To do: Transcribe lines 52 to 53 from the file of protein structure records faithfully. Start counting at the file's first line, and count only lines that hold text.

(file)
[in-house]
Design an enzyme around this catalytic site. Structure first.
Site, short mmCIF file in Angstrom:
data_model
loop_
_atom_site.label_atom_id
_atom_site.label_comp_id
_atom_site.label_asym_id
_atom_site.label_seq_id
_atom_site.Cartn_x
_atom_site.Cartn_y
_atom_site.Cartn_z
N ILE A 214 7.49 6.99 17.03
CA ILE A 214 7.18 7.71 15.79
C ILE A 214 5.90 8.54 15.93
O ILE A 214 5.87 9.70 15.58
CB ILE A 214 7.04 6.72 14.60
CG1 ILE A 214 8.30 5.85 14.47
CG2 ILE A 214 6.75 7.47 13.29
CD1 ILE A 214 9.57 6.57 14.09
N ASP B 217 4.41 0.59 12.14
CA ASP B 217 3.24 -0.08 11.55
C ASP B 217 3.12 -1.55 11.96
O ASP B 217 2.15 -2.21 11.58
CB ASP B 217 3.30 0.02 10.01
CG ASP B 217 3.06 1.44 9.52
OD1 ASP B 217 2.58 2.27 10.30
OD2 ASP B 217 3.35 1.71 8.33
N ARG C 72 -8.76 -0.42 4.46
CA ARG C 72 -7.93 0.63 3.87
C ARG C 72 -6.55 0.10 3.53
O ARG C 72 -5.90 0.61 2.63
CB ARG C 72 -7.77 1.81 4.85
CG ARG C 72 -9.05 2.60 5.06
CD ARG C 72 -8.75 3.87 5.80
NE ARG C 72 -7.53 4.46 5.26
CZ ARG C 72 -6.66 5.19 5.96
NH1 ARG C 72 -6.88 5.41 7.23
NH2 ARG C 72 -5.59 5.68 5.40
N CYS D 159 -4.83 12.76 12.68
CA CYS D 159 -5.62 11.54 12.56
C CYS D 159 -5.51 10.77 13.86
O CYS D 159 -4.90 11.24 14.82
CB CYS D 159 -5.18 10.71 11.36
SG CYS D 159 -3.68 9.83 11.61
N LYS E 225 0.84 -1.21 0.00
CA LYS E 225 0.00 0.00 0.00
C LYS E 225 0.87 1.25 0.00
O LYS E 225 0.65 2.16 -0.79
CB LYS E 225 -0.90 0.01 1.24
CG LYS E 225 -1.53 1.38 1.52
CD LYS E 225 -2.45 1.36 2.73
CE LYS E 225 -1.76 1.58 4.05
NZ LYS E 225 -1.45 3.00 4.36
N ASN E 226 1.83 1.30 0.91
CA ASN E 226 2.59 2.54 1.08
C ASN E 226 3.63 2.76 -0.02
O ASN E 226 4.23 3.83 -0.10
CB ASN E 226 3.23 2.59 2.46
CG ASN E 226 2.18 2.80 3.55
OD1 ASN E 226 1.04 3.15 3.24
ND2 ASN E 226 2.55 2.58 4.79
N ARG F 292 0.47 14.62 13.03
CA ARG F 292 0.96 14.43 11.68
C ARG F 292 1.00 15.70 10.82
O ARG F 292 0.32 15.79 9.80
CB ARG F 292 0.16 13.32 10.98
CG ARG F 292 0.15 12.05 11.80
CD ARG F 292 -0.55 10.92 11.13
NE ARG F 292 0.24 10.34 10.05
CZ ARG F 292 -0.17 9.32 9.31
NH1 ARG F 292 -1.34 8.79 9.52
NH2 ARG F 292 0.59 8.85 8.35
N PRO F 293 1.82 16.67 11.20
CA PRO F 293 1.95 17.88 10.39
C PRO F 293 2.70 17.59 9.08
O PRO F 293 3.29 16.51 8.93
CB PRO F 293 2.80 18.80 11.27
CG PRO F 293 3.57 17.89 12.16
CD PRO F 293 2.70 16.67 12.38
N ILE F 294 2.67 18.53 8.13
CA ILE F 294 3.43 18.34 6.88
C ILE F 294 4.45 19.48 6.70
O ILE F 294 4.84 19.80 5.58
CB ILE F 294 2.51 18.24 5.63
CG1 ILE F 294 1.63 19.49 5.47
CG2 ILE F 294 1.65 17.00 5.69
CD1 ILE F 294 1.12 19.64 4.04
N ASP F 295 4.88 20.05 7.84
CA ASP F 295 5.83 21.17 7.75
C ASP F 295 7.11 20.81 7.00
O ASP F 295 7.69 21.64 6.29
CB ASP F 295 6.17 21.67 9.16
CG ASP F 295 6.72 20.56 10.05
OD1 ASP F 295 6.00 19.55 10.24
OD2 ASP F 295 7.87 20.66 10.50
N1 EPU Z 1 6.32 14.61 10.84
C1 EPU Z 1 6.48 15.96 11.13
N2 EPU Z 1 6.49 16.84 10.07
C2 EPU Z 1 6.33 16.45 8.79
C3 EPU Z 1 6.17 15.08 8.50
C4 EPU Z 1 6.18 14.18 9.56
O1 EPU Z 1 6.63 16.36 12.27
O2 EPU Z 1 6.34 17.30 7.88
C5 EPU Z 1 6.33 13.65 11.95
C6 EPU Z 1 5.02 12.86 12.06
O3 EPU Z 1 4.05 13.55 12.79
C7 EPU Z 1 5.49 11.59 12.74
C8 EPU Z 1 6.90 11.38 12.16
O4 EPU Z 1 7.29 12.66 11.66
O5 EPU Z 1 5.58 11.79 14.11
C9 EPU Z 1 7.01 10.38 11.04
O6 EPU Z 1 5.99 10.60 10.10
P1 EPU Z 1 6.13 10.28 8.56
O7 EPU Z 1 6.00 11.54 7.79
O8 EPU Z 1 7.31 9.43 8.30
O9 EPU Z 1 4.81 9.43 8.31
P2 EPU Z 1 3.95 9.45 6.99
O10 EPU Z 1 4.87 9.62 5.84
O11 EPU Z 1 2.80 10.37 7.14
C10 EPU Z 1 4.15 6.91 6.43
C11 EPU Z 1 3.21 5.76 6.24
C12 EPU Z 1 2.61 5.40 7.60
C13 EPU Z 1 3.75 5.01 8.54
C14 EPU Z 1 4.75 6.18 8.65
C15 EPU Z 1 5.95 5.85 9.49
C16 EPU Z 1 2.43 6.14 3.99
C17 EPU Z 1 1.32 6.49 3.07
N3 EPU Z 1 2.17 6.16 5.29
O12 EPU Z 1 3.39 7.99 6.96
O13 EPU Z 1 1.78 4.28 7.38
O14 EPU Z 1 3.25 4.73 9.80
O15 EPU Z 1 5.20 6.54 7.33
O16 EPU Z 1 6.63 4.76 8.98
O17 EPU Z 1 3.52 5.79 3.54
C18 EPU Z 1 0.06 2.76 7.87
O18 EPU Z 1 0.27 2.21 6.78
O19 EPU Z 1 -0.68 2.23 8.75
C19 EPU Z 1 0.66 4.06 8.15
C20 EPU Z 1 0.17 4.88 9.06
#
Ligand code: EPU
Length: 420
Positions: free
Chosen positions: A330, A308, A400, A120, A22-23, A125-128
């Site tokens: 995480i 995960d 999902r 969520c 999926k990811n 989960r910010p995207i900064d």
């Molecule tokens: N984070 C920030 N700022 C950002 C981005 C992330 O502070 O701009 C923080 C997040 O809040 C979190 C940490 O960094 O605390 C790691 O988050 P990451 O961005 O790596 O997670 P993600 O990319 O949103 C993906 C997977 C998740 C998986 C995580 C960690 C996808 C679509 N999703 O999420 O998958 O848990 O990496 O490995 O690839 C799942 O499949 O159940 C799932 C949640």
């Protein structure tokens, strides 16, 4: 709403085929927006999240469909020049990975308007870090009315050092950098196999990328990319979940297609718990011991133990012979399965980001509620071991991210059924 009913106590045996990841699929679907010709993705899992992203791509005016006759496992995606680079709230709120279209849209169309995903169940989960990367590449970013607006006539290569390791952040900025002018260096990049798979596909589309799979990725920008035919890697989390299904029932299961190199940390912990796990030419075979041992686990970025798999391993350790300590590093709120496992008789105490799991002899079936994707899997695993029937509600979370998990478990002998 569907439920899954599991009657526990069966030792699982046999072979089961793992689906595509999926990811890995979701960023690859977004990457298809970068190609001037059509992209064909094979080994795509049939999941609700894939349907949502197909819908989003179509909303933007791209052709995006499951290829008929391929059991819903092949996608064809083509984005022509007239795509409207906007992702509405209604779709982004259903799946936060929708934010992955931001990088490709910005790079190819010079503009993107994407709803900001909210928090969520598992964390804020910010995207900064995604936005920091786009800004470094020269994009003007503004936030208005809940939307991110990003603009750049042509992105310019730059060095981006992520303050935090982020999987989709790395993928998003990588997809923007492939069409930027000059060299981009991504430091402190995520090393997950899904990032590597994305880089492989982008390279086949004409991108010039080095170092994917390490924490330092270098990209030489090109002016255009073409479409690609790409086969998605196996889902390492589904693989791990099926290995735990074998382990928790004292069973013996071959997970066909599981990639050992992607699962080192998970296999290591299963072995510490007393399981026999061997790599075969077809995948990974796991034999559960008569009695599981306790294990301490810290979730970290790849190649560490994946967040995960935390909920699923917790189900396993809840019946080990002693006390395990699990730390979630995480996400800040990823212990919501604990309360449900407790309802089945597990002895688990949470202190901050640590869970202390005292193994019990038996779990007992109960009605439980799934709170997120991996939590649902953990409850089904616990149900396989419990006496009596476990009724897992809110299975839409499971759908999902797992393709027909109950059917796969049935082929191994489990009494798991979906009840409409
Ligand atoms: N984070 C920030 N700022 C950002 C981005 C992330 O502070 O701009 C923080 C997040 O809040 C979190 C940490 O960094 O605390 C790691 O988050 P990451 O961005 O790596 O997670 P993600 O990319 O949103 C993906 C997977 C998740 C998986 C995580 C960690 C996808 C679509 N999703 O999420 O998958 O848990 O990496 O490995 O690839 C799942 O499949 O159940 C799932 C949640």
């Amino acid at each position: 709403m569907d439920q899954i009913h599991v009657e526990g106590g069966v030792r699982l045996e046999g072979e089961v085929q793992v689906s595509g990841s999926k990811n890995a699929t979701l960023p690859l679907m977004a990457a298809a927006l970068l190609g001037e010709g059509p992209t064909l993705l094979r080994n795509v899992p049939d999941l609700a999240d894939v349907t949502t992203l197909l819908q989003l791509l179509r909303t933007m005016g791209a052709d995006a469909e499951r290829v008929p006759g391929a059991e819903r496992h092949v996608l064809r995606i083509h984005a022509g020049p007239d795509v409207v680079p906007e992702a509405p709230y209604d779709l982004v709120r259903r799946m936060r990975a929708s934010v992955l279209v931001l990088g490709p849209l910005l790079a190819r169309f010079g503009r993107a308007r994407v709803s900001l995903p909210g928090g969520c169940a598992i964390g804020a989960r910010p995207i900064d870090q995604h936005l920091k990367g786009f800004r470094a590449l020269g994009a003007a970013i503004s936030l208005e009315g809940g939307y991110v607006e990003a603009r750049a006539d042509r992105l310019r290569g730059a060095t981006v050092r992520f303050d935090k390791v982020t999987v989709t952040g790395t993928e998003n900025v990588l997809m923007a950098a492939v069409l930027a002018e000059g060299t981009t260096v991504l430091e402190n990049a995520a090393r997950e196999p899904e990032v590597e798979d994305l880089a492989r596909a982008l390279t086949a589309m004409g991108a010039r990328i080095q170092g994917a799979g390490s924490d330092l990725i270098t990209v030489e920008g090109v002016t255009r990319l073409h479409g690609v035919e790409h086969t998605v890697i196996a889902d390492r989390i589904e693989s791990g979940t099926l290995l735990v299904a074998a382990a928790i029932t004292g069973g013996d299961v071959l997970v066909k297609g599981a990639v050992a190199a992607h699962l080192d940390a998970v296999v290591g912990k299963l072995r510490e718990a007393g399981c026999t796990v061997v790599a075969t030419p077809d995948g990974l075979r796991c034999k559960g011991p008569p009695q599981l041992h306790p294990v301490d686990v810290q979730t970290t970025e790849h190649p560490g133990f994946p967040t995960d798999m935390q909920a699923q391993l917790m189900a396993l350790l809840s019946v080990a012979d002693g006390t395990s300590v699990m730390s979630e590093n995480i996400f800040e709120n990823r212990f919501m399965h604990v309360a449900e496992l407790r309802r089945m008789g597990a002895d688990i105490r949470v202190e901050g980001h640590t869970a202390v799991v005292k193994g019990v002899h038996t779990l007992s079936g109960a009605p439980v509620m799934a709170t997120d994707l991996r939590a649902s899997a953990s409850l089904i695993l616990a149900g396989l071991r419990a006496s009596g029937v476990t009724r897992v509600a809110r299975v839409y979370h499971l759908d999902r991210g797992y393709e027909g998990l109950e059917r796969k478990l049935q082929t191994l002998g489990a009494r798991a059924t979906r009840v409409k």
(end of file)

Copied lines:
CD LYS E 225 -2.45 1.36 2.73
CE LYS E 225 -1.76 1.58 4.05